Sector analysis for week of Feb. 22

Overview and Opinion: “The calm before the storm” is a phrase that could exemplify the current economic and investing climate. While the rhetoric spewing from Washington continues to insist the recession is over and a recovery has commenced, the 12 million or so unemployed must surely disagree. The number of defaults in the “pipeline” is staggering and once a family misses three or four payments, the possibility of “catching up” is unlikely. They will become foreclosures. The President announced $1.5 billion to aid homeowners, but I do not understand how those funds will be applied. Will the government make up their back payments? Will the funds be handed directly to homeowners or will deals be made with lenders? I have no idea but the amount in the context of the burgeoning defaults and foreclosures seem totally inadequate to me. Another problem is the continuing collapse of U.S. banks. The latest victim is the La Jolla Bank which will reopen on Monday with a different name. So far 20 banks have failed and there are no doubt many more on the brink thanks to the recession and the subprime mortgage debacle. As I stated in many of my previous commentaries, “an unemployed consumer does not consume and the producers of those products are next to succumb to the recession”. There is no recovery, in my opinion, only a slowing of the lay off cycle as companies move to maintain “skeleton crews” to keep their businesses alive. The stimulus programs are a “Band-Aid” on what I see as “open heart surgery”. Now for some actual information.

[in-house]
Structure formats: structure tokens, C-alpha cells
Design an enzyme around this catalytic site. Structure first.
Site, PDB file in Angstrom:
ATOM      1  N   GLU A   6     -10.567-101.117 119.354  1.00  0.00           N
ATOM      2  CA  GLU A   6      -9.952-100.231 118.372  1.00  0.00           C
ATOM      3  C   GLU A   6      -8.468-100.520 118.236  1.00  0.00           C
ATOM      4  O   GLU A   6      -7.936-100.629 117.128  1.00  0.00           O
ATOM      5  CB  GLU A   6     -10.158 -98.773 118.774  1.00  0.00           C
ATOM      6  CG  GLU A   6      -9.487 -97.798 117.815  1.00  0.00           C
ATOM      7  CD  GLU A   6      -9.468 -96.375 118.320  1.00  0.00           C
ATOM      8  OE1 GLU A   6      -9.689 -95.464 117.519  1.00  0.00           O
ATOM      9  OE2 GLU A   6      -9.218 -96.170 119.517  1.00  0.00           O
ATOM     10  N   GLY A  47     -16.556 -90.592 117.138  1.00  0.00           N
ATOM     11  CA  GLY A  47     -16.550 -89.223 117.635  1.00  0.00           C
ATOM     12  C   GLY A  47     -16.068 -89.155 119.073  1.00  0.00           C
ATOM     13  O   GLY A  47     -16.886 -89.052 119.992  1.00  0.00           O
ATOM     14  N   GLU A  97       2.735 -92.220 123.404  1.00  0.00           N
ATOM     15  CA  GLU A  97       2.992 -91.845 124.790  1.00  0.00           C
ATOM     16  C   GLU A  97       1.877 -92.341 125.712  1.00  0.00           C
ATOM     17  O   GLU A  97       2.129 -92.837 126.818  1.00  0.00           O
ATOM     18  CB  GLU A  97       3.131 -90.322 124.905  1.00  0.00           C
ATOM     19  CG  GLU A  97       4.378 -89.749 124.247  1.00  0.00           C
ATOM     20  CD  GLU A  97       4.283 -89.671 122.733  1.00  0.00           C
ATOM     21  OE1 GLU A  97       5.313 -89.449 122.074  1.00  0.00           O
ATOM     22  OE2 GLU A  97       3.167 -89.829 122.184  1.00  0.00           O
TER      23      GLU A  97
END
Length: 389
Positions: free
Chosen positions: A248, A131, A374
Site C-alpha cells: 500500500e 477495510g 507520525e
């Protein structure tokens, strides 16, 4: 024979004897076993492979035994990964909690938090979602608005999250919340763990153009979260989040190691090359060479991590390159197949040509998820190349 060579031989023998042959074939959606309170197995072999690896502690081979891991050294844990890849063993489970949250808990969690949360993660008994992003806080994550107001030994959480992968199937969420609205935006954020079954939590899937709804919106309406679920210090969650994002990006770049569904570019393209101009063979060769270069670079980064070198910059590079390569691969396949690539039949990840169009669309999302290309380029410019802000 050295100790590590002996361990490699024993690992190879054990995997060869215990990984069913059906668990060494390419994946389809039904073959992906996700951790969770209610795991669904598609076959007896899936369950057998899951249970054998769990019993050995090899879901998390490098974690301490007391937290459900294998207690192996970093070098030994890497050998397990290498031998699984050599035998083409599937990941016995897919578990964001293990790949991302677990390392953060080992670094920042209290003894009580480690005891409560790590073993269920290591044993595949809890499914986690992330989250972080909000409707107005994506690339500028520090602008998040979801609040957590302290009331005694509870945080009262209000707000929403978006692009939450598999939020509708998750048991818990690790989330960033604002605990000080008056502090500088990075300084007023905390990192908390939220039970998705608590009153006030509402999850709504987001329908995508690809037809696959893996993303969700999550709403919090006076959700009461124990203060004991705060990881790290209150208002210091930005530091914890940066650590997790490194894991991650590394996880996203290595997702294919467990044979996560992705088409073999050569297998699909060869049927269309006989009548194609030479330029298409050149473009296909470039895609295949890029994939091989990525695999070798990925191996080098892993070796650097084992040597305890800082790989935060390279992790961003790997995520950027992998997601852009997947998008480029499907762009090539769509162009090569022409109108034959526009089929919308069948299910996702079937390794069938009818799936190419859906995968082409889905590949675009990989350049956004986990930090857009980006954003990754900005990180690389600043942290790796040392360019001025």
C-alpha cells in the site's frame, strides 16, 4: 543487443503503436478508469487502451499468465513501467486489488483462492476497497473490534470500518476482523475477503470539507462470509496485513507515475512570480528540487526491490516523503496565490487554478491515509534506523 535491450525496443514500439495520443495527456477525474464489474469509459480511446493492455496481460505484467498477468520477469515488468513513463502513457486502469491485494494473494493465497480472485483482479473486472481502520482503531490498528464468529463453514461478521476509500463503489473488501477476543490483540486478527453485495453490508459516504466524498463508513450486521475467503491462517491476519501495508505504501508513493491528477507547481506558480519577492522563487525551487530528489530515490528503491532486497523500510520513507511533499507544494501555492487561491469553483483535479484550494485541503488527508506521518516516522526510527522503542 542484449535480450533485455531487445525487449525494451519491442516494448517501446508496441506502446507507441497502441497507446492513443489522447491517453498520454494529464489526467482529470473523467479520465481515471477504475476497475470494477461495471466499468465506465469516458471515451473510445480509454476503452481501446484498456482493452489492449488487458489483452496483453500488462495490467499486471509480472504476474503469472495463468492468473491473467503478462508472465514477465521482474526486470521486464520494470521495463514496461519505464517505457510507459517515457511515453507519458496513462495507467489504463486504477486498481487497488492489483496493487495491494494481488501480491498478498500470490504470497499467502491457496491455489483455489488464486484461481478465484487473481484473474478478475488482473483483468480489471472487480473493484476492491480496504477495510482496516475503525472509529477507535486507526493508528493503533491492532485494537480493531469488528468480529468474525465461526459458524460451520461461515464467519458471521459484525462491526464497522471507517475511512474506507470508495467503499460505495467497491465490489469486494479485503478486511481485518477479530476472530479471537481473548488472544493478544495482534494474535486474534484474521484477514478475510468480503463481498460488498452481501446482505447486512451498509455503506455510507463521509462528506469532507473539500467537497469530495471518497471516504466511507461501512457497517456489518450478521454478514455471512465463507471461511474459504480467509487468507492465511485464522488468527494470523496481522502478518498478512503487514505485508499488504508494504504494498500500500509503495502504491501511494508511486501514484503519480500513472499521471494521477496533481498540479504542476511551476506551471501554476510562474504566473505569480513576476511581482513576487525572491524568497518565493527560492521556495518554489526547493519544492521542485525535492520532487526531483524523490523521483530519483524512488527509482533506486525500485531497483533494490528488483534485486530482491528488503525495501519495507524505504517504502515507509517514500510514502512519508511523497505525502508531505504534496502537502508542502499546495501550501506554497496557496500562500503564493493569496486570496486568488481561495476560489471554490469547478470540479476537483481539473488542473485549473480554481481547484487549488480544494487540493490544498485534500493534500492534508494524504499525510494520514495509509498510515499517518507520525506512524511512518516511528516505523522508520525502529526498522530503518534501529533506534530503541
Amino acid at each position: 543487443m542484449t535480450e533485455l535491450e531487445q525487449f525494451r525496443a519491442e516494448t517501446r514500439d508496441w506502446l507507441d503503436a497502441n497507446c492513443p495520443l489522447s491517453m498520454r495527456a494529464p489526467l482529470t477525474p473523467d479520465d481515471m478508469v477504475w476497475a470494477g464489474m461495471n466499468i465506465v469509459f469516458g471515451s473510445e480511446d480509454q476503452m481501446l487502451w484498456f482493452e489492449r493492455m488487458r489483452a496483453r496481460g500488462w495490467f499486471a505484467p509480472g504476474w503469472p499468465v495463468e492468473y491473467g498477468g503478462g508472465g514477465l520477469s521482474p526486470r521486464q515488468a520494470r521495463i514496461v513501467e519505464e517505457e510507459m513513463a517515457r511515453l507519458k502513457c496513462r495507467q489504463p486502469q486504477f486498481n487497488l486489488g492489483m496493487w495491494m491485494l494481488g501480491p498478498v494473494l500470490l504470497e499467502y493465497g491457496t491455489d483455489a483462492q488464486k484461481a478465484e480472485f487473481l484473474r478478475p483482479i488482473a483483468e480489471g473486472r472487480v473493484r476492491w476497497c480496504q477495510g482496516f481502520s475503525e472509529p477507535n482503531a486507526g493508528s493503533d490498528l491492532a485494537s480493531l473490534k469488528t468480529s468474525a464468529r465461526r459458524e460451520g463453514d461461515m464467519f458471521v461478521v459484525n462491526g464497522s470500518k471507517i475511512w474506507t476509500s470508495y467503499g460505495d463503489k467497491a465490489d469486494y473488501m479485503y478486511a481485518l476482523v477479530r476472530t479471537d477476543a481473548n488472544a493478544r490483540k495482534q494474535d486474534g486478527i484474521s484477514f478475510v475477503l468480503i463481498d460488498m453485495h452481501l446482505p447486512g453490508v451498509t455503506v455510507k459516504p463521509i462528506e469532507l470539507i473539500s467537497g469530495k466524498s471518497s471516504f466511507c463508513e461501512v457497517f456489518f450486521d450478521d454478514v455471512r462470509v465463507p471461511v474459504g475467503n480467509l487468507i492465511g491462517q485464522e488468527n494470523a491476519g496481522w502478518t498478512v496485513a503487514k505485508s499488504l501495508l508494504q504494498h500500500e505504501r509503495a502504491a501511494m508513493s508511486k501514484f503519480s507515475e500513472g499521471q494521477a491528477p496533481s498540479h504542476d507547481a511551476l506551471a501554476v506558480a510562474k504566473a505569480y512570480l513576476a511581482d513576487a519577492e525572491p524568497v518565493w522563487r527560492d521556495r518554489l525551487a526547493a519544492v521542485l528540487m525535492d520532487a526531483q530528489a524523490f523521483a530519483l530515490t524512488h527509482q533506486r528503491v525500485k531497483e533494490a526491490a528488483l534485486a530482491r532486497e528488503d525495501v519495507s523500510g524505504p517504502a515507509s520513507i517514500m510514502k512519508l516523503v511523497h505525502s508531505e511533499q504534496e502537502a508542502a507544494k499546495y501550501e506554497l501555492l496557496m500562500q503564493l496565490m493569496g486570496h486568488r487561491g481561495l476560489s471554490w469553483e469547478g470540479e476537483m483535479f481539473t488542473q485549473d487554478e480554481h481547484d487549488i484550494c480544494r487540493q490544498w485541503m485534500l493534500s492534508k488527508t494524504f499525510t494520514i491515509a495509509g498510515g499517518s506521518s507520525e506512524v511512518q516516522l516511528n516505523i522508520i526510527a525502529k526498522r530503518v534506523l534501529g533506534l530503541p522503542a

Interest Rates: March Treasury bonds closed at 11625, up 19 ticks even as the Fed raised the discount lending rate, a move that could mean an increase in the Fed Funds rate soon. The rate increase could signal the Fed seeing an economic recovery taking hold. However, with jobless claims up 31,000 for the week and a weak 0.2% increase in the consumer price index, we see no such recovery. Bonds should remain in a trading range as we have been forecasting for some time.

Stock Indices: The Dow Jones industrials closed at 10,402.35, up 9.45 on Friday as investors responded to the Fed discount rate cut as a sign the economy is recovering. The S&P 500 closed at 1,078.47, up 10.234 with the Nasdaq gaining 2.16 points to close at 2,243.87. For the week the Dow gained 3%, the S&P 500 3.1% and the Nasdaq 2.8%. We do not believe any rally can be sustained with the unemployment situation worsening and the prospect of additional job cuts in the offing. My standard phrase relating to an “unemployed consumer not consuming” remains in effect. Implement hedging strategies.